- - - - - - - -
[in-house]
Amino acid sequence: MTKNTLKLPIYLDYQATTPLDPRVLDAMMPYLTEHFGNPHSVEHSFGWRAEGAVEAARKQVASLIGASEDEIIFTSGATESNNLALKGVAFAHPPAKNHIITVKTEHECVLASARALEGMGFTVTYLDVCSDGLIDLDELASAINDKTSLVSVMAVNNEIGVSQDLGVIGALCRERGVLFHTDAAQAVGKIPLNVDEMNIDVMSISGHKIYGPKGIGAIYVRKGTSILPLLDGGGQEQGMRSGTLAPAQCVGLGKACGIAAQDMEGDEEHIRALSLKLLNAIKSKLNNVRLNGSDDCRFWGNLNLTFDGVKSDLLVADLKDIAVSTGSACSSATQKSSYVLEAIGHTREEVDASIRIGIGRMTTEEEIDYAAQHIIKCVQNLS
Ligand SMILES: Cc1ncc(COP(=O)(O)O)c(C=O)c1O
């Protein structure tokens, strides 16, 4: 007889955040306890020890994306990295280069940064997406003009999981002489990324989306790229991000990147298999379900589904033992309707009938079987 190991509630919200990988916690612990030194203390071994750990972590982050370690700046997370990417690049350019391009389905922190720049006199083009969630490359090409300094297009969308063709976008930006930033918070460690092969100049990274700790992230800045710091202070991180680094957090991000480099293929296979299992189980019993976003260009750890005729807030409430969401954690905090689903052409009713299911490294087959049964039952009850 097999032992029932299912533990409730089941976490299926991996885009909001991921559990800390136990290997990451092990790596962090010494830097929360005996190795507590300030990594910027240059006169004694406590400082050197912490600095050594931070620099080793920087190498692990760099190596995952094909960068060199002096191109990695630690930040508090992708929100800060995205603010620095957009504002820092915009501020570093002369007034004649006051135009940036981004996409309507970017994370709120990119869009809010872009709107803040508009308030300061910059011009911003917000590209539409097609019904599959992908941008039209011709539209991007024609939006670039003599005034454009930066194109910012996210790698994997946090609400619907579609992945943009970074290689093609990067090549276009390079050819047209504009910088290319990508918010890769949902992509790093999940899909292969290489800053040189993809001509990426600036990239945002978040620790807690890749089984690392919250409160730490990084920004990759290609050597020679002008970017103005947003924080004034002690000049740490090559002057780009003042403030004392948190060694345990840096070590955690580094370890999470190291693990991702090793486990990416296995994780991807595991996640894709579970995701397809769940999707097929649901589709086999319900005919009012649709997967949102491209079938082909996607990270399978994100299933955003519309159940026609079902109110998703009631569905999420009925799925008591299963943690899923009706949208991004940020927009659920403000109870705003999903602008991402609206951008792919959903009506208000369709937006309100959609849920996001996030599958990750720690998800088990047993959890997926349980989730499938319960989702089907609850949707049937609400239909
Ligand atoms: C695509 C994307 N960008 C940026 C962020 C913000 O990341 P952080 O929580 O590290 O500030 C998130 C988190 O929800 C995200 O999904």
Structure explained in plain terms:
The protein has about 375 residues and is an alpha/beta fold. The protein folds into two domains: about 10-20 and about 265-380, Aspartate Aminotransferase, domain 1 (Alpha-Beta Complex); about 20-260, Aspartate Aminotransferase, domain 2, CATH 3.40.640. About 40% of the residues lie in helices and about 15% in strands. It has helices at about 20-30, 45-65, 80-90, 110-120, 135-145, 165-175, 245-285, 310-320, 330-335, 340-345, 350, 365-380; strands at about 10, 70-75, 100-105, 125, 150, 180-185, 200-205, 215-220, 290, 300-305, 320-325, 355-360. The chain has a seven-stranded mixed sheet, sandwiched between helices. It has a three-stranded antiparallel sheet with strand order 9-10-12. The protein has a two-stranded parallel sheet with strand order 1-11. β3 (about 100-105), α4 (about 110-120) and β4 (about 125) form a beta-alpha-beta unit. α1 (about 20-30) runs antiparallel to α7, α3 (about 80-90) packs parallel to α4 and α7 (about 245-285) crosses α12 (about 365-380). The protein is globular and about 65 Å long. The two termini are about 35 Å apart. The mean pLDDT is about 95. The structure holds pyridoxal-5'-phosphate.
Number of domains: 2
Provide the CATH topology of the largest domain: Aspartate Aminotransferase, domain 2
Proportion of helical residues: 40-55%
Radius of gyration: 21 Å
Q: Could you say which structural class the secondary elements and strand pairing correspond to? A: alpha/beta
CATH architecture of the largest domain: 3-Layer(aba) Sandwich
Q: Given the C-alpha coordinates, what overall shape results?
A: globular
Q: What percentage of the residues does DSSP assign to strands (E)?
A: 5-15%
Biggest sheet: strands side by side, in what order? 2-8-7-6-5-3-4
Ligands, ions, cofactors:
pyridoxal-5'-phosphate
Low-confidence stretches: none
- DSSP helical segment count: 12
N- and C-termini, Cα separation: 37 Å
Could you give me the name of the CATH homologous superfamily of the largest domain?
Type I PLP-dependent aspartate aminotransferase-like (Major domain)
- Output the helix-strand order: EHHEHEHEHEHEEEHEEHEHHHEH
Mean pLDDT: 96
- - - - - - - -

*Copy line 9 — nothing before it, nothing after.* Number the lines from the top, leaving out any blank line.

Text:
Provide the CATH topology of the largest domain: Aspartate Aminotransferase, domain 2